Title: Retrospective Study of Calcium Hydroxide and TheraCal for Pulp Capping
Ali Alqahtani (Presenter)
University of Michigan
Peter Yaman, University of Michigan
Joseph Dennison, University of Michigan
Neville McDonald, University of Michigan
Objectives: To compare the clinical success rate of TheraCal (light-cured, resin-modified calcium silicate) to calcium hydroxide as pulp-capping materials in permanent teeth with closed apices.
Methods: This study involved a retrospective electronic record review. Post-operative data were collected from 60 patients for each material involving 69 teeth using calcium hydroxide and 79 teeth using TheraCal. From the treatment notes, the following data were recorded: the tooth number, patient age, patient gender, the rationale for using Theracal and calcium hydroxide, diagnosis of direct or indirect pulp cap, date of treatment, date of most recent dental appointment and treatment outcome. The inclusion criteria were: absence of signs and symptoms of irreversible pulpitis, and the patient must have been seen once for any other dental procedure at least three months after the pulpal treatment was performed. The treatment was categorized as clinically successful if the tooth was still present at the succeeding appointment and no further pulpal treatments or root canal therapy were needed. However, if the tooth was extracted or additional pulpal treatment was done, the tooth was categorized as unsuccessful.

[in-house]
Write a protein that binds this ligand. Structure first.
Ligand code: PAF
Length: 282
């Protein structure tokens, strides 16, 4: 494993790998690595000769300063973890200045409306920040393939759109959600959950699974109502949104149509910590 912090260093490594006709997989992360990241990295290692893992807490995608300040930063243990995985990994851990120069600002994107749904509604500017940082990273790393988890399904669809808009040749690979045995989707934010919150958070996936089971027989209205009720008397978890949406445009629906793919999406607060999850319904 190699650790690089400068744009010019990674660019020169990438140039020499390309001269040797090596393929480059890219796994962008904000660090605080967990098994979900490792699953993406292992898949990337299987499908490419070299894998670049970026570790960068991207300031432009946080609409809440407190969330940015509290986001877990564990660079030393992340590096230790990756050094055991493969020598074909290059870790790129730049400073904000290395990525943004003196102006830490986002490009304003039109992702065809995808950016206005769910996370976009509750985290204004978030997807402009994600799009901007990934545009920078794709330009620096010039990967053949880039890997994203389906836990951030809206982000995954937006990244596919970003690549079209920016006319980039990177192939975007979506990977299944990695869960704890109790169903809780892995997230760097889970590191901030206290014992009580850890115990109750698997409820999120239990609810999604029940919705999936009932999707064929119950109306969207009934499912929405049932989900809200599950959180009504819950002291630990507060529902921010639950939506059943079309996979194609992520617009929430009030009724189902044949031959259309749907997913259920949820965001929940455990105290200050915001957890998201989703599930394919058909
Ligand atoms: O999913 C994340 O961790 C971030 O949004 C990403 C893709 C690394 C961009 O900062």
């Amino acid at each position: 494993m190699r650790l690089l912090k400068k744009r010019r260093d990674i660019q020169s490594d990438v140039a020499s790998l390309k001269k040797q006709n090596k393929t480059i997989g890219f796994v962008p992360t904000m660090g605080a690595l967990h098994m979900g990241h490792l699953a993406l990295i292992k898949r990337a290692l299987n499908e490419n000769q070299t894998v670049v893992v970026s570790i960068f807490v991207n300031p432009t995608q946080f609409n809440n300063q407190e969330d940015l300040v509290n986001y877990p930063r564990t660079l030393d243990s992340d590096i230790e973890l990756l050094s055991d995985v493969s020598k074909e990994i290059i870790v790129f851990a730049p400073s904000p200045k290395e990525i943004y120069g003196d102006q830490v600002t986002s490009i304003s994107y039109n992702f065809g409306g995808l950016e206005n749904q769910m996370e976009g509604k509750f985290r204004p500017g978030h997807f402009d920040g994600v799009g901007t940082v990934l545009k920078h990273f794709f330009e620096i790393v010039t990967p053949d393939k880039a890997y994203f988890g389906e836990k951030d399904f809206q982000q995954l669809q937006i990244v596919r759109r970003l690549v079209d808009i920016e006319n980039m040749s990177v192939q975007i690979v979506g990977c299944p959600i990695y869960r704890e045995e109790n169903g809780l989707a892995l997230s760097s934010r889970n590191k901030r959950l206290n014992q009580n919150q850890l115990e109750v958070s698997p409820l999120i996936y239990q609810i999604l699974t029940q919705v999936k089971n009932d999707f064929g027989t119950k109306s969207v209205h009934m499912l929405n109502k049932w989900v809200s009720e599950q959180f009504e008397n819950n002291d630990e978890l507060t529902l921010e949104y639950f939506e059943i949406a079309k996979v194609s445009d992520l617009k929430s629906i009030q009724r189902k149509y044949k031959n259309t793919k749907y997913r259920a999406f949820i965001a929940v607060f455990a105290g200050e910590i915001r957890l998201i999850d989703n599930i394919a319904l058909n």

Results: There was no significant difference between the clinical success rate of TheraCal (67 successful, 12 failures) for 84.8% and calcium hydroxide (59 successful, 10 failures) for 85.5% using Fisher’s exact test (p<0.05). Indirect pulp capping success for calcium hydroxide was 93% and for Theracal 88%. Direct pulp capping success for calcium hydroxide was 50% and for Theracal 69%. Neither the patient’s gender, arch location of the tooth or tooth type affected the outcome of direct or indirect pulp capping.
Conclusions: Based on this retrospective data, Theracal may be considered an equivalent treatment to calcium hydroxide as both a direct and indirect pulp capping material.